Pre-hepatic jaundice = if bilirubin is not taken up by the liver or if it is produced in excess, unconjugated bilirubin is deposited in extra-hepatic tissues.

Bilirubin Metabolism: Hepatic
Bilirubin is taken up into hepatocytes and bound to intracellular proteins.
Bilirubin + UDP glucuronic acid = bilirubin diglucuronide > bilirubin monoglucuronide > UDP
The glucuronide conjugated form of bilirubin is water soluble and is excreted into bile. Excretion occurs into the bile canaliculus by carrier-mediated transport.
Hepatic jaundice = disorders of bilirubin uptake or conjugation

Bilirubin Metabolism: Post-Hepatic
Glucuronide-conjugated bilirubin in bile may be degraded to urobilinogen or partially reabsorbed into plasma.
Urobilinogen pathway:
may be reabsorbed by the gut and returned to the liver
converted to urobilin
reabsorbed into plasma for excretion by kidneys
Conjugated bilirubin pathway:
May be acted upon by bacterial enzymes within the gut to form the bile pigment stercobilinogen. Stercobilinogen may be reabsorbed into plasma for recycling to the liver or for excretion by the kidney, or, it may be oxidized to stercobilin.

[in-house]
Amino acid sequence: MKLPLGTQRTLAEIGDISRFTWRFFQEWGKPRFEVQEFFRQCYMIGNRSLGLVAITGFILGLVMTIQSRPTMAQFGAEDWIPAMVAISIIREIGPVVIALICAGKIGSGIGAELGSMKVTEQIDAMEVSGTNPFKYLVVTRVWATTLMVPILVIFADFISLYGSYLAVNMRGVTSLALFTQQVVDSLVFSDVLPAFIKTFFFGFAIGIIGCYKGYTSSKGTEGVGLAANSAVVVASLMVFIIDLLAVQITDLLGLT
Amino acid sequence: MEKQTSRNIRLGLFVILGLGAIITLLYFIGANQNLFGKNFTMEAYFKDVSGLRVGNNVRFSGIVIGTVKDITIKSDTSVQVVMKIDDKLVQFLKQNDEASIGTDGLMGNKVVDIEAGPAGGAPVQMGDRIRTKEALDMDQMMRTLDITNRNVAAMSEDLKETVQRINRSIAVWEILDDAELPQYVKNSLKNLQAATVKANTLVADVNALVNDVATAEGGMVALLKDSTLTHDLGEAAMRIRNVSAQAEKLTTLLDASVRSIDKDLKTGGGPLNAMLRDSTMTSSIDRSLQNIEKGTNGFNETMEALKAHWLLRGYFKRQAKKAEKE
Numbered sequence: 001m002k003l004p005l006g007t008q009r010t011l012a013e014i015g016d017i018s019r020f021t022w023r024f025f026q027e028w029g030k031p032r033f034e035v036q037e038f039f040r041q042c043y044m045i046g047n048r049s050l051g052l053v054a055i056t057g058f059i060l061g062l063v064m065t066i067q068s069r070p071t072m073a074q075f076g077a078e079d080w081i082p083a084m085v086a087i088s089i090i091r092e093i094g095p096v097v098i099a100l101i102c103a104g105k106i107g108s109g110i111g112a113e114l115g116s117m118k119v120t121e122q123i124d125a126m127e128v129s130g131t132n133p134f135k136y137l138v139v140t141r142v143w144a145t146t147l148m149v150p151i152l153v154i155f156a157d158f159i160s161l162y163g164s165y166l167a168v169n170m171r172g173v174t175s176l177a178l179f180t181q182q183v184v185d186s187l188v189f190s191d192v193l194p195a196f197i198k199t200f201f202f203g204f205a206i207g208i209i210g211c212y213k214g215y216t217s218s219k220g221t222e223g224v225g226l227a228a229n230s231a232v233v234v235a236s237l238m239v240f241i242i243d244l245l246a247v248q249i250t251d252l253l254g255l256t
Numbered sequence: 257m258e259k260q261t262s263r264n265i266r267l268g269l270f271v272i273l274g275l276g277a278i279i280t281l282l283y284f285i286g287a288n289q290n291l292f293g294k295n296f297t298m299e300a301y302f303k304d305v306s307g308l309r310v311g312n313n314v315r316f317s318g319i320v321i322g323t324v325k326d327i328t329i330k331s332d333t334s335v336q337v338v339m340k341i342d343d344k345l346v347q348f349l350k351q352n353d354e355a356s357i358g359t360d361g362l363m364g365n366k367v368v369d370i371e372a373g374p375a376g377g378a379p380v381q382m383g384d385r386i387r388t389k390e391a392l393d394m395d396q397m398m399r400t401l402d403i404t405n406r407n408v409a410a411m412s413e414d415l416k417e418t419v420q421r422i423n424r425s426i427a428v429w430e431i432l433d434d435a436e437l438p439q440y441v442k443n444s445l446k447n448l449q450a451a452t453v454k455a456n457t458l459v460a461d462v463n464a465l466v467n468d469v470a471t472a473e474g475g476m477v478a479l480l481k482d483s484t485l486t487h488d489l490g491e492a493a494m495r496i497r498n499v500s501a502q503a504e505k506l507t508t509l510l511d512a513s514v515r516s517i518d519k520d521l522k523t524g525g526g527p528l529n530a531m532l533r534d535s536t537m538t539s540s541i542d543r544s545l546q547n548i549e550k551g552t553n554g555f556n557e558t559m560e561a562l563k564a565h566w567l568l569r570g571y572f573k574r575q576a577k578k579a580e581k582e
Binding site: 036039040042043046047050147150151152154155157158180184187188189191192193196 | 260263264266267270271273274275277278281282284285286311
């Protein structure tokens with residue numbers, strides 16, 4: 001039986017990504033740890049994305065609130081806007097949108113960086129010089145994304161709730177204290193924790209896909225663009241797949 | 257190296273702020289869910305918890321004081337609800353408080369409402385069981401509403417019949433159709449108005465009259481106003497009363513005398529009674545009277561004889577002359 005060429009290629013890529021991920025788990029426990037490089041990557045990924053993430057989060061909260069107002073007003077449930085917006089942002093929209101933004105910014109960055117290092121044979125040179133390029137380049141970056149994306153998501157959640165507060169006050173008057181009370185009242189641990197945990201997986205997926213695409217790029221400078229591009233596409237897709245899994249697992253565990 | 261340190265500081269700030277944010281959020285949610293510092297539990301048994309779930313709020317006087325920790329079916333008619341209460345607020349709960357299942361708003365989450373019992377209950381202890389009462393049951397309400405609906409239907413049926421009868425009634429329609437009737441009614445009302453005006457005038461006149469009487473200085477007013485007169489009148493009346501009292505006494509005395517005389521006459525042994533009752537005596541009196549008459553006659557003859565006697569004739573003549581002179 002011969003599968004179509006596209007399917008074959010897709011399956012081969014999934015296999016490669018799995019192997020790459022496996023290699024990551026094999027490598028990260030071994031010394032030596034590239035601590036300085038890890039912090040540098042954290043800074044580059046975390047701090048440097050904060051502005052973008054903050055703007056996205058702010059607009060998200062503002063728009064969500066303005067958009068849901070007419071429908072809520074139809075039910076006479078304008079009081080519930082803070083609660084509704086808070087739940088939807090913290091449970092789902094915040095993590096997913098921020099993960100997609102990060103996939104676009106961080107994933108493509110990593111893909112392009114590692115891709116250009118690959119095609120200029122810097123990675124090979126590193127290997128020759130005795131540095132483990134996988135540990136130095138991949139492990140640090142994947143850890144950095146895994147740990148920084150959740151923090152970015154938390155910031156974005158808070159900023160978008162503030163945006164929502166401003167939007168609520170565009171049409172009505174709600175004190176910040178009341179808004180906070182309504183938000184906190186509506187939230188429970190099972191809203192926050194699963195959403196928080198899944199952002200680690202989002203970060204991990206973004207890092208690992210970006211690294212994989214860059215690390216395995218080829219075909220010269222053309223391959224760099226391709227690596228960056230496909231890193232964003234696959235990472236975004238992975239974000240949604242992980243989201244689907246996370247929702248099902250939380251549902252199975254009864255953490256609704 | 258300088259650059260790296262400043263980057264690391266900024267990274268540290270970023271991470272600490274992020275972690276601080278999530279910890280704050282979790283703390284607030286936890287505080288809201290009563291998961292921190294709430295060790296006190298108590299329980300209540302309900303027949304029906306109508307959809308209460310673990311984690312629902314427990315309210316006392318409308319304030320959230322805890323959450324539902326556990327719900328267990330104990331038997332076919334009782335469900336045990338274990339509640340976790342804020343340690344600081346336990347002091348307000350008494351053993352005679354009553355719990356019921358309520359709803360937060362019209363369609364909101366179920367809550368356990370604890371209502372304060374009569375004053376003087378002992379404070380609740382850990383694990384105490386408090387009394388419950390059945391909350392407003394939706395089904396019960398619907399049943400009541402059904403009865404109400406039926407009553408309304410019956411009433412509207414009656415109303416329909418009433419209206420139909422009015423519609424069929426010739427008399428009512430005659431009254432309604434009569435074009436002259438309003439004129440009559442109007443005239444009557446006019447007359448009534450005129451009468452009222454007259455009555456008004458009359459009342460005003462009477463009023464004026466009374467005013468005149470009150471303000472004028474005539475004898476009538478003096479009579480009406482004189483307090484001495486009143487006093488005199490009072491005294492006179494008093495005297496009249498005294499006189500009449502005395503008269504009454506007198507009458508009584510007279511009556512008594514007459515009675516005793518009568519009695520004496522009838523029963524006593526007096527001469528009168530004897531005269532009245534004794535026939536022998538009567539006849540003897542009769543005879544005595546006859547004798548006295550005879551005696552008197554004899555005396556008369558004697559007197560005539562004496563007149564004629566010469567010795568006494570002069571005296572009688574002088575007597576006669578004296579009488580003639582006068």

Obstructive jaundice = failure of bilirubin to reach the gut, resulting in a reduction in pigment within the stool

DDX: Unconjugated Hyperbilirubinemia
Increased Bilirubin Production
Extravascular hemolysis
Extravasation of blood into tissues
Intravascular hemolysis
Errors in production of red blood cells
Impaired Hepatic Bilirubin Uptake
Portosystemic shunts
Drug inhibition: rifampin, probenecid
Impaired Bilirubin Conjugation
Gilbert’s disease
Crigler-Najarr syndrome
Neonatal jaundice (this is physiologic)
Liver diseases (chronic hepatitis, cirrhosis, Wilson’s)...

Pediatric Failure to Thrive

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Failure to Thrive (FTT):
 Weight below the 5th percentile for age and sex
 Weight for age curve falls across two major percentile lines
 A sign that describes a problem rather than a diagnosis
 Usually describes failure to gain wt
 In more severe cases length and head circumference can be affected
 Underlying cause is insufficient usable nutrition to meet the demands for growth
 Approximately 25% of normal children will have a shift down in their wt curve of up to 25%, then follow a normal curve -- this is not failure to thrive

Inadequate Caloric Intake
Incorrect preparation of formula